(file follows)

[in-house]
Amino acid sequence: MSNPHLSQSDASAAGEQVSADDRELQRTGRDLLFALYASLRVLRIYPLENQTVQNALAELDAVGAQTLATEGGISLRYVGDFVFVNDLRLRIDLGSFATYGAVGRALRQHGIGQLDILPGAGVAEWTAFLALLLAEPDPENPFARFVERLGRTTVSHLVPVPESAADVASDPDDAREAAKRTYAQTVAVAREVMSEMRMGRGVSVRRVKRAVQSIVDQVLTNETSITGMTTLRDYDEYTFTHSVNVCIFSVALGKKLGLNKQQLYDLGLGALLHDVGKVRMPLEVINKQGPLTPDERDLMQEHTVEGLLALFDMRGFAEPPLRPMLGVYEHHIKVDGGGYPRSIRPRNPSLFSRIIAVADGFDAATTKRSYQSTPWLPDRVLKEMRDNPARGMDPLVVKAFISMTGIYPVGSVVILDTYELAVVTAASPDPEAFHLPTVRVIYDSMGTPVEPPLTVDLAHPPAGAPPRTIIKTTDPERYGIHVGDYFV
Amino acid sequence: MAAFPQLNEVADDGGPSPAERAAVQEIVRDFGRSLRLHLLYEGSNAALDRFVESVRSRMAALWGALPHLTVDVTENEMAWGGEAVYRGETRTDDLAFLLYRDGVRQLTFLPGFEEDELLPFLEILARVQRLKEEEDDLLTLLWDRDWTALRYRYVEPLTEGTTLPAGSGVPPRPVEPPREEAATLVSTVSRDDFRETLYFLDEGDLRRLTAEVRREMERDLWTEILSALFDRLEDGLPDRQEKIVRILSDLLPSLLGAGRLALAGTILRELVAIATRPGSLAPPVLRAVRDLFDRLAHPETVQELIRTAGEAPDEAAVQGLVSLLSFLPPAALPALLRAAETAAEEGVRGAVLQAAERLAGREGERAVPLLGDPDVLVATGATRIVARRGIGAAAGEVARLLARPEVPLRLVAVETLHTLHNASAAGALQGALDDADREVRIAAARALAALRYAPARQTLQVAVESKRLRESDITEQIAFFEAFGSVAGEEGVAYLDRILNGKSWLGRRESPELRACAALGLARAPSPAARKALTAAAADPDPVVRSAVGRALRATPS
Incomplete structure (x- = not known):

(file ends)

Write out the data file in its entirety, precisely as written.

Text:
[in-house]
Amino acid sequence: MSNPHLSQSDASAAGEQVSADDRELQRTGRDLLFALYASLRVLRIYPLENQTVQNALAELDAVGAQTLATEGGISLRYVGDFVFVNDLRLRIDLGSFATYGAVGRALRQHGIGQLDILPGAGVAEWTAFLALLLAEPDPENPFARFVERLGRTTVSHLVPVPESAADVASDPDDAREAAKRTYAQTVAVAREVMSEMRMGRGVSVRRVKRAVQSIVDQVLTNETSITGMTTLRDYDEYTFTHSVNVCIFSVALGKKLGLNKQQLYDLGLGALLHDVGKVRMPLEVINKQGPLTPDERDLMQEHTVEGLLALFDMRGFAEPPLRPMLGVYEHHIKVDGGGYPRSIRPRNPSLFSRIIAVADGFDAATTKRSYQSTPWLPDRVLKEMRDNPARGMDPLVVKAFISMTGIYPVGSVVILDTYELAVVTAASPDPEAFHLPTVRVIYDSMGTPVEPPLTVDLAHPPAGAPPRTIIKTTDPERYGIHVGDYFV
Amino acid sequence: MAAFPQLNEVADDGGPSPAERAAVQEIVRDFGRSLRLHLLYEGSNAALDRFVESVRSRMAALWGALPHLTVDVTENEMAWGGEAVYRGETRTDDLAFLLYRDGVRQLTFLPGFEEDELLPFLEILARVQRLKEEEDDLLTLLWDRDWTALRYRYVEPLTEGTTLPAGSGVPPRPVEPPREEAATLVSTVSRDDFRETLYFLDEGDLRRLTAEVRREMERDLWTEILSALFDRLEDGLPDRQEKIVRILSDLLPSLLGAGRLALAGTILRELVAIATRPGSLAPPVLRAVRDLFDRLAHPETVQELIRTAGEAPDEAAVQGLVSLLSFLPPAALPALLRAAETAAEEGVRGAVLQAAERLAGREGERAVPLLGDPDVLVATGATRIVARRGIGAAAGEVARLLARPEVPLRLVAVETLHTLHNASAAGALQGALDDADREVRIAAARALAALRYAPARQTLQVAVESKRLRESDITEQIAFFEAFGSVAGEEGVAYLDRILNGKSWLGRRESPELRACAALGLARAPSPAARKALTAAAADPDPVVRSAVGRALRATPS
Incomplete structure (x- = not known):